Belize - February 3-13, 2003

After a couple feet of snow and temperatures not getting over 20F, we headed out of Boston to Belize. Flying American through Miami, everything went perfect and arrived at Belize City International Airport right on time. We were picked up by our host, Chaa Creek and given a very informative 2 hour introduction to Belize on the ride to the Cayo District. Chaa Creek was beautiful. The cottages were very nice, the food was okay, the grounds were immaculate and the people were the best we experienced in years of travel. Everyone connected with the resort was friendly, knowledgeable and helpful and it was very genuine. We can't say enough about it.

Check out Chaa Creek
This morning we hiked up to the Natural History Center and Butterfly Farm. The Blue Morpho butterfly is spectacular, hard to believe that it only lives for two weeks as a butterfly. Next we checked out the Medicine Trail, only to find out that it was closed. Maybe next time. So we went down to the Macal River just to see what it looked like and how the canoeing would work for tomorrow. Much of what sounds like just hanging around was really camera time. I got a new digital camera before coming and had to try it out on everything I saw. It even takes short movies. By the end of our ten day trip, I had taken 350 pictures and 10 movies. That afternoon we decided to give our feet a break and took a guided horseback tour around the property. It was a lot of fun, but of course other parts of the body were now fatigued. The hammocks outside our cottage sure came in handy.

Today we were heading to Barton Creek Cave. Mayawalk Tours picked us up at Chaa Creek and drove us into San Ignacio to prepare for the trip. There were only three plus one guide on this trip. They strapped a huge canoe to top of their vehicle and off we went. After about an hour on mostly dirt and rock roads through orange and grapefruit groves, we came to the river. We hooked up a giant floodlight and paddled into the cave. We were probably in the cave for about an hour. It was huge. Several places along the way you could see Mayan artifacts. After emerging from the cave, we stopped by a section of the river that was perfect for swimming. It was nice break before our hour long trek back to San Ignacio. Before we left on our trip we had read about Mayawalk, primarily because they tour Actun Tunichil Muknal (tomorrow's trip). We also found that Chaa Creek prices for tours were on the expensive side. I highly recommend Mayawalk. They go everywhere, they'll take small groups at a reasonable price and they really know their stuff. We had a great time. That afternoon, we took our own canoe trip up the Macal River. Lots of birds and iguanas along the way. Very relaxing.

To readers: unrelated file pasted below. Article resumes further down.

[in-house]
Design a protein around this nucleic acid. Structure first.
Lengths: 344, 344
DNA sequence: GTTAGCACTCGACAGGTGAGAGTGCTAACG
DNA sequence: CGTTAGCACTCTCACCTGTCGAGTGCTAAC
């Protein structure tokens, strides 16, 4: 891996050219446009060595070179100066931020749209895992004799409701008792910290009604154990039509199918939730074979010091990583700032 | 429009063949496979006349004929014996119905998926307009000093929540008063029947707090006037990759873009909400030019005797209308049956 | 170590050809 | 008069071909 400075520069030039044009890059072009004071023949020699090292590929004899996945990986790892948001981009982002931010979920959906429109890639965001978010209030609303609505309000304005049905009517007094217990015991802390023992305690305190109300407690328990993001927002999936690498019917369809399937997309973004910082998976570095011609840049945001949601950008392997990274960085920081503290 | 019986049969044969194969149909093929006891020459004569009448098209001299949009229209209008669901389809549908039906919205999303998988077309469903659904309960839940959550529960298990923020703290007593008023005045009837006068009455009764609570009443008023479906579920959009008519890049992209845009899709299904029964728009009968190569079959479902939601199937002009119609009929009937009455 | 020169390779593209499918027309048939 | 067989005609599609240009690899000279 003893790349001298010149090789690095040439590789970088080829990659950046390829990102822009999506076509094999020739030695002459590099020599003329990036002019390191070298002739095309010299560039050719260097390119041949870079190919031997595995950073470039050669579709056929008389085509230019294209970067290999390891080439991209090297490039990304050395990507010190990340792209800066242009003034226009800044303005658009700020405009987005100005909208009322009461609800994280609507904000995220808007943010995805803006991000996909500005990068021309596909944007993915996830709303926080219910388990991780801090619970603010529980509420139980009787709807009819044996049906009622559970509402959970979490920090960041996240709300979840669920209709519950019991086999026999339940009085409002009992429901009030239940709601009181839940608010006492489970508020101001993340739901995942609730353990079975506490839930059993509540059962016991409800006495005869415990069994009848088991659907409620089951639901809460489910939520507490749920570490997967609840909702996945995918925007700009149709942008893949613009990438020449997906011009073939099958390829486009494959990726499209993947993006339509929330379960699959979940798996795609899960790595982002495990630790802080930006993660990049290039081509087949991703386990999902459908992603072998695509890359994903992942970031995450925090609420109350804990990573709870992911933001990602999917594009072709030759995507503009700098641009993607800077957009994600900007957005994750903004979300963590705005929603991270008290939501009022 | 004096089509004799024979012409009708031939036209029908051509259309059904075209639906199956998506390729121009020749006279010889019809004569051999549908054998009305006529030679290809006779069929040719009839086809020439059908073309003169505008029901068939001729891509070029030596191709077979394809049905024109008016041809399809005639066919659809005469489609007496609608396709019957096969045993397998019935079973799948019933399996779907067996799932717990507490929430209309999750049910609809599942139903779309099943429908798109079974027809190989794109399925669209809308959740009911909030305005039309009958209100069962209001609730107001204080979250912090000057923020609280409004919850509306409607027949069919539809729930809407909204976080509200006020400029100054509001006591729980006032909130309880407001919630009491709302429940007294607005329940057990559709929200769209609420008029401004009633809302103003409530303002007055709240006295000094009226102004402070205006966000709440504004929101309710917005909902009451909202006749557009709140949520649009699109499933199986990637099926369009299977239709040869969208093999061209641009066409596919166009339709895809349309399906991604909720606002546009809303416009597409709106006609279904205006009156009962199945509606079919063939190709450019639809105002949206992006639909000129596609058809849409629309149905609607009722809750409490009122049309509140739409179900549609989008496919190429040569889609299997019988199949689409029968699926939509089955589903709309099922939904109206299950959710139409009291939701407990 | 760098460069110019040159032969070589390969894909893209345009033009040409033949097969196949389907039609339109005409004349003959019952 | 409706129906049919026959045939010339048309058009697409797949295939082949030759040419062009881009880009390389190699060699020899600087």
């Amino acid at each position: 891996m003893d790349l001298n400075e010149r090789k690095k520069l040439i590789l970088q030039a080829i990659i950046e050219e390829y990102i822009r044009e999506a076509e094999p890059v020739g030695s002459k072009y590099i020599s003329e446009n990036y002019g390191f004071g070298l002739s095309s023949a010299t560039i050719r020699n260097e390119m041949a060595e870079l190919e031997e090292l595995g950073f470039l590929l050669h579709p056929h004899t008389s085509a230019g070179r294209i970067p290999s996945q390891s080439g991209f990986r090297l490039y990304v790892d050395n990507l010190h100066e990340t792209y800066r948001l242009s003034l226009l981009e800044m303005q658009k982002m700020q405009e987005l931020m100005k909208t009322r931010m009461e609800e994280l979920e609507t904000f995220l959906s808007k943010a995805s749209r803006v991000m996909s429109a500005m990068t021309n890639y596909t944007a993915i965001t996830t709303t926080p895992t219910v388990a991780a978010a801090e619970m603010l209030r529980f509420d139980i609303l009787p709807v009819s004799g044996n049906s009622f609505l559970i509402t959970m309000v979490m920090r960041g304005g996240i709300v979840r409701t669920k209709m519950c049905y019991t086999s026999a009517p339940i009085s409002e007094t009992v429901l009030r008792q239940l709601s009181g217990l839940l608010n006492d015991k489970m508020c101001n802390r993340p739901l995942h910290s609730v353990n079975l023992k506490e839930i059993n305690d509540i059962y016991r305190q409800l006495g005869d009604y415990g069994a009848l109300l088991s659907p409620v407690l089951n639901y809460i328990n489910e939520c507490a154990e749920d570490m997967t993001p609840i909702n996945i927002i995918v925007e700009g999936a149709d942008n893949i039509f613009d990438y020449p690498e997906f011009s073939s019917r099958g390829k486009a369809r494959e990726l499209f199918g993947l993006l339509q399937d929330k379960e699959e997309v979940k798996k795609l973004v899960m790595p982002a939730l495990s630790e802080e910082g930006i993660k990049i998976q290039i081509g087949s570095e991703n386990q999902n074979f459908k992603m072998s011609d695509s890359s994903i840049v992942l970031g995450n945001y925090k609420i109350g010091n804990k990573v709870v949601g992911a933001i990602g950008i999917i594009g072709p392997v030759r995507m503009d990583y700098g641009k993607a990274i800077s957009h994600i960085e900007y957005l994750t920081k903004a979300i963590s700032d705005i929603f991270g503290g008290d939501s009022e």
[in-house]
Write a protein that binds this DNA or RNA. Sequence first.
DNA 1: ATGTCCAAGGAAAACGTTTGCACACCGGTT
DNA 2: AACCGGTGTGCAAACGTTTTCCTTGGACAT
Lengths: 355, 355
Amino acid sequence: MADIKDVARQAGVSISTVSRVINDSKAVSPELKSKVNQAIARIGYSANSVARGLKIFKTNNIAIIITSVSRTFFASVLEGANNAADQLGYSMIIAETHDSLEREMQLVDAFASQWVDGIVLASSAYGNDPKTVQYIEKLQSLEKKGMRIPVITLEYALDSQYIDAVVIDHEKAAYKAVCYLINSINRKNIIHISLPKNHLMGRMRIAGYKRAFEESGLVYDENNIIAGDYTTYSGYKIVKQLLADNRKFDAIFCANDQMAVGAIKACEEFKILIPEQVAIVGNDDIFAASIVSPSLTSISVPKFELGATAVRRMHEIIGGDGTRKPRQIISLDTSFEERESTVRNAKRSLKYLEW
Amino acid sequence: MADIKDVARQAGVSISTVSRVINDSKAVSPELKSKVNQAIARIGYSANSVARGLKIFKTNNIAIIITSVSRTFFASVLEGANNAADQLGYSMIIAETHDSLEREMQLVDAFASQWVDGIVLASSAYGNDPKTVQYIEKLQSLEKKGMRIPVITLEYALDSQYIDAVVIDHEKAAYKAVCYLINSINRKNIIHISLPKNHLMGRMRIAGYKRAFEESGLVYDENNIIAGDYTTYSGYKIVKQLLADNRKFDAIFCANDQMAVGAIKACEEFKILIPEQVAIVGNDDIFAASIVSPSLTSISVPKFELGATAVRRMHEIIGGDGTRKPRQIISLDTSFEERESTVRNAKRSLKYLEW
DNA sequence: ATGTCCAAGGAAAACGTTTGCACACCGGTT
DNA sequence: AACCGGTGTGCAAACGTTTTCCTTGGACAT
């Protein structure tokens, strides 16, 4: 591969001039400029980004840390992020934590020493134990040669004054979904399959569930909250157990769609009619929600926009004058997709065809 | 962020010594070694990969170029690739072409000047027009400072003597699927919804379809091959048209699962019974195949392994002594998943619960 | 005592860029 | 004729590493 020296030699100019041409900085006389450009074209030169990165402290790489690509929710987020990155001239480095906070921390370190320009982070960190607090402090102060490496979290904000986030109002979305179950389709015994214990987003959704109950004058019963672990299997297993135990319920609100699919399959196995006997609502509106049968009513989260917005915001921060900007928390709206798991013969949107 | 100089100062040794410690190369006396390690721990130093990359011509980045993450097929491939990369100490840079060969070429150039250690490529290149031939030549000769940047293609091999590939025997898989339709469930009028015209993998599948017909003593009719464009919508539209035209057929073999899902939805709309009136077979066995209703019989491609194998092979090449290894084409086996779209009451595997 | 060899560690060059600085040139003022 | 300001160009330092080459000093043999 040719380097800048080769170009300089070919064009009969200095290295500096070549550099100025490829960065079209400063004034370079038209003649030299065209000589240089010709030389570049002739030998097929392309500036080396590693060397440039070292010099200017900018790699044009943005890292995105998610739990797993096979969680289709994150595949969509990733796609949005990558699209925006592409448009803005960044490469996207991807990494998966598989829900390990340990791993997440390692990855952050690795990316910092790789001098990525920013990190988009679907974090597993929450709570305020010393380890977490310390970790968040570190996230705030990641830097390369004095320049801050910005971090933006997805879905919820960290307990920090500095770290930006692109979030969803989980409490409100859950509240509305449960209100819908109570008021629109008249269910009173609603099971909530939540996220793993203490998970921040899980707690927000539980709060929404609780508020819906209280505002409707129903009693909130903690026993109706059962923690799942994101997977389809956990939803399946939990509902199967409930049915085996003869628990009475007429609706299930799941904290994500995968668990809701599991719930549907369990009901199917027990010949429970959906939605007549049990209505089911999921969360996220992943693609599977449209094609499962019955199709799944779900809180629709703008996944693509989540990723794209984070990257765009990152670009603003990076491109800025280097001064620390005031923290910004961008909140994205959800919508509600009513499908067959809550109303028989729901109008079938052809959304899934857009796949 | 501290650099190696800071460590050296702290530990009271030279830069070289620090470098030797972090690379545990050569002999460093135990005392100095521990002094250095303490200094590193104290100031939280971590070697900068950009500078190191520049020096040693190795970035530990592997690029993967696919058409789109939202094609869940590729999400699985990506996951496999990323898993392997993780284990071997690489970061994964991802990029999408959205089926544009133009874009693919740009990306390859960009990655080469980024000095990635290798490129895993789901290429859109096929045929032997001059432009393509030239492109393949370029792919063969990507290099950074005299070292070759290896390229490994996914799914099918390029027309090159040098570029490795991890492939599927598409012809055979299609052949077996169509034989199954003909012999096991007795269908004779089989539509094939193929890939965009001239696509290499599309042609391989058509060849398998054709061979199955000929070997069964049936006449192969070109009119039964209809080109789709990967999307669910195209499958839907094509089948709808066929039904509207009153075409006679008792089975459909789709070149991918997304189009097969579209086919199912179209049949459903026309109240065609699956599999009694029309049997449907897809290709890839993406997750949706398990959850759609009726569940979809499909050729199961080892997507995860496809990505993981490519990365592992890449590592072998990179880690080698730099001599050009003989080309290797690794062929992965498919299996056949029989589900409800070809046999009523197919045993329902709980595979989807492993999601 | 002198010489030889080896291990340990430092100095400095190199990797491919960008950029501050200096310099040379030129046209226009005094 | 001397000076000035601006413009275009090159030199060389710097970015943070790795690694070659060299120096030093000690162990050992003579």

Day 3 - Actun Tunichil Muknal
When we first read about Belize, we were interested in going to the cayes for snorkeling and sailing. Once we read about the cave, Actun Tunichil Muknal, we just had to spend some time in the jungle and take this trip. Only two tour groups can go to ATM. The original reason was to protect it from too much traffic, though both groups seem to do multiple trips, so I'm not sure that it's working. Again, Mayawalk picked us up at Chaa Creek and took us into San Ignacio, where we were given our gear for the day. Backpacks, dry bags, helmets, lights, and lunch were issued to everyone. We had a group of six plus one guide. It's about an hour and half drive and then a 45 minute hike to the cave entrance. At the entrance we stopped for our lunch and got our instructions for the trek into ATM. It was interesting how the guide commented about two of the people wearing sandals (not a day at the beach) while he was barefoot! It's about a 10-15 yard swim into the cave. After that, it was climbing over rocks and formations, squeezing between rocks, more swimming, and much walking. You really had to be careful and help each other all the way through, but it was not that hard, just take your time. Some of the cave areas were huge, with stalagmites and stalactites everywhere. After climbing up a fairly steep wall, we were instructed to remove our shoes and if people had cameras in their dry bags, they could get them out. The guide had us turn off all lights, he lead us into place and then turned on his lamp. There were Mayan artifacts everywhere. After seeing a few in Barton Creek, this was amazing. We turned on our own lights and followed the guide now further into the cave. Every where you went were more and more pots, and then some bones and a couple of skulls. The final climb, up an aluminum ladder, (who said the Mayans weren't ahead of their time) takes you into a smaller area with a complete skeleton crystallized into the floor. The way back out of the cave was as exciting as the way in. Swimming, squeezing, sliding and hiking through fabulous caverns. We reached the entrance, swam back out and were just amazed at what we had been through. We were in the cave for about 3 hours. We all admitted it was a once in a lifetime event. If you ever have the chance be sure to check out ATM. Of course the day wouldn't have been complete without the tarantula on the inside ceiling of our cottage that night. After about 15 minutes, it went back into the thatch and never heard from again. He had nothing to do with the fact that were checking out the next day. be continued on Ambergris